Are you on Facebook? How old are you and those you connect with most often? There has been a recent slew of press articles about the rise in the average age of Facebook users and the projected exodus of over 3 million under-25s in the UK and US this year.
Reading interviews with young people who are now turning to alternative platforms, I was reminded of a past experience whilst working in Scotland many years ago.
Have you heard about the recent publishing phenomenon ‘The Lost Words’?
The authors wanted to create a beautiful book to revive once-common words, especially those dealing with nature, excised from the Oxford Junior Dictionary - and it’s really taken off. All over the UK, adults are raising funds to gift copies of the book to schools, including every Primary, Secondary and Special School in Scotland.
It’s a combination of glorious illustrations and poems that the authors liken to spells.
There are some difficult lessons to be learned about human relationships during a lifetime, and we have to deal with some of the toughest ones in our tenderest years.
A friend of mine has a ten year old daughter who is presently going through the pain of a group of three friends splitting up, into one pair of best mates and one abandoned loner. My friend’s little girl is the one who’s been kicked out. I feel for her, I really do, I remember the same thing happening to me when I was eleven - that extra year giving no extra buffer - and I didn’t have to contend with social media and a world of more sophisticated methods to make a person feel isolated. I also feel for my friend.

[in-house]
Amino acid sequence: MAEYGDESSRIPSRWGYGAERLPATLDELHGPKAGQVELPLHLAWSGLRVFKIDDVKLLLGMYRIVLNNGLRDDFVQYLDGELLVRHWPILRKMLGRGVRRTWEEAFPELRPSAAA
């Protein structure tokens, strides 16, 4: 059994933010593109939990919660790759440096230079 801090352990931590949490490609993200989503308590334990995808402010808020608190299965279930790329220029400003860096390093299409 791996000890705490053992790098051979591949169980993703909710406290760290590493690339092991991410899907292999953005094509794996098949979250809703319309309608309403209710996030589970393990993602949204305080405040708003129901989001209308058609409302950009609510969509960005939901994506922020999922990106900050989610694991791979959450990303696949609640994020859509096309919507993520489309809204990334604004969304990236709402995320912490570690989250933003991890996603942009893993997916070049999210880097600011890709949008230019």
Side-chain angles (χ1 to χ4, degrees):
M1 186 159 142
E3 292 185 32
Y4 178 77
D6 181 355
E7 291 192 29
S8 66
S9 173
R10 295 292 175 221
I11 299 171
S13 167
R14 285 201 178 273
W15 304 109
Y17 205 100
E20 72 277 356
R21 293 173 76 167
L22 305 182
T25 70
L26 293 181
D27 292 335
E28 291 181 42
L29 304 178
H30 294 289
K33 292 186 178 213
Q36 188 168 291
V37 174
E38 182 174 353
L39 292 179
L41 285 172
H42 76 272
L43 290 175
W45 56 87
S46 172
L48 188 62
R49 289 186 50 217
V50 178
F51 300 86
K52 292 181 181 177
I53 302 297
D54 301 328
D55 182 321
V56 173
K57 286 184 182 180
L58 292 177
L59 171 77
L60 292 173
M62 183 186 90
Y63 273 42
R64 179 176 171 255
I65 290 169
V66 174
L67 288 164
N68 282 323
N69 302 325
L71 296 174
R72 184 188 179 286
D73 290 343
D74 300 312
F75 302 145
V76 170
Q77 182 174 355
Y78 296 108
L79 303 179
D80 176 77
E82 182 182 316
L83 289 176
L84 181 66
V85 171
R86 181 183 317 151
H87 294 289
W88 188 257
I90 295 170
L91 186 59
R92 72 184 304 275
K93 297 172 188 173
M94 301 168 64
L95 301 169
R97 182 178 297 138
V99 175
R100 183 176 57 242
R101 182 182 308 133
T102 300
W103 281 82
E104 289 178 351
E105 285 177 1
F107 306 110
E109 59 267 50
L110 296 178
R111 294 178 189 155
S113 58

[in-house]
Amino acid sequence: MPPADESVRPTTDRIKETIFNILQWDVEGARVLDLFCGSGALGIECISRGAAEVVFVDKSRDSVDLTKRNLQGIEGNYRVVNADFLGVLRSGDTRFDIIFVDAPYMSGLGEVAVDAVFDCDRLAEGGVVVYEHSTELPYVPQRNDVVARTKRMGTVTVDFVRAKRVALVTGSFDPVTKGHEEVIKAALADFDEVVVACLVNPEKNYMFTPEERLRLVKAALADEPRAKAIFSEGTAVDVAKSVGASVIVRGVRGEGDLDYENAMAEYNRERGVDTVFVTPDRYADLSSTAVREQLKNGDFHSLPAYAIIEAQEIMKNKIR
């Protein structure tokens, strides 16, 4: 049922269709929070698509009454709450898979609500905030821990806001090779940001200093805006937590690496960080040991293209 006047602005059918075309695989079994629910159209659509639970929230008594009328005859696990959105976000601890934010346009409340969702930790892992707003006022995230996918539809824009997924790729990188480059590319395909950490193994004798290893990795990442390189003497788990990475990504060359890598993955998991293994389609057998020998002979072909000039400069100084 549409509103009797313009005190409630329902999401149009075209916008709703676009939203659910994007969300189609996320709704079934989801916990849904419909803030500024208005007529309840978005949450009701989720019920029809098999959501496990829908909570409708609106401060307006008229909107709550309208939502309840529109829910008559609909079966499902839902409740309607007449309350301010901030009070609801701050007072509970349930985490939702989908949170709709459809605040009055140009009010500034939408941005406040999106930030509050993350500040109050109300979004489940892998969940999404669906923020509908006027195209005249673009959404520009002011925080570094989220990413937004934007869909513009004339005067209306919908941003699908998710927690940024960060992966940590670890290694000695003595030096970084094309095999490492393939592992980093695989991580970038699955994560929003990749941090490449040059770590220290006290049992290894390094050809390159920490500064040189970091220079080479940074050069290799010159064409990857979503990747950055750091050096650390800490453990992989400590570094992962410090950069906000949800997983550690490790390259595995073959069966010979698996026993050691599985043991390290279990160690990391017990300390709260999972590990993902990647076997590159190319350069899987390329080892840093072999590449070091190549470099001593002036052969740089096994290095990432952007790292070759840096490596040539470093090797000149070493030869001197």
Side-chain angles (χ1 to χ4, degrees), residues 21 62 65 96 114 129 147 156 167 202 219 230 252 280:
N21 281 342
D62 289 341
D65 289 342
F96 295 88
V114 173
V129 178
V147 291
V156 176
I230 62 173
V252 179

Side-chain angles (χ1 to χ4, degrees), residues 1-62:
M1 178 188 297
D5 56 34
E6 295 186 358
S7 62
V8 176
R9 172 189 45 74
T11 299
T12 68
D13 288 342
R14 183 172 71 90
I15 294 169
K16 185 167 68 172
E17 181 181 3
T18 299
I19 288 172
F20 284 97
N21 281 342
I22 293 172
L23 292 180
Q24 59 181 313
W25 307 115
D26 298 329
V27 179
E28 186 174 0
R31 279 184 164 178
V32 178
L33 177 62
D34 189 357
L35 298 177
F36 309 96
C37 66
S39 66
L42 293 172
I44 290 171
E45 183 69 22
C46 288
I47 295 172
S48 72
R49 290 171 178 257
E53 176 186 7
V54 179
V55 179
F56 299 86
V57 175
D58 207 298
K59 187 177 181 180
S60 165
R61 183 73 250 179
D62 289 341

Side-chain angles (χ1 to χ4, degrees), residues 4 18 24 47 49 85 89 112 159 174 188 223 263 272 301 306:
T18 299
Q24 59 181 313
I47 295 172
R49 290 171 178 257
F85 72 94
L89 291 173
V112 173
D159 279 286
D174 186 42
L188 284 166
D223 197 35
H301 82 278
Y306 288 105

It's the time of year where we tend towards reflection on the past and looking to the future. Our children are not unaware of this too.
In November I wrote about how the connection between our brain and our body is very much deeper than we might have imagined, and counselled encouraging our children to consider themselves in a more holistic way.
But how do we do that?
Good Heavens! It seems that our minds and bodies are linked…
Yes, finally science is catching up with what those who work in physical professions have known for years.
Several articles have appeared recently, in the print press and online, discussing new findings that challenge the idea that our bodies are vessels for transporting our brains around. It is the common received belief, and although we are encouraged to keep our vessels healthy, we completely underestimate how powerfully unified the human system is.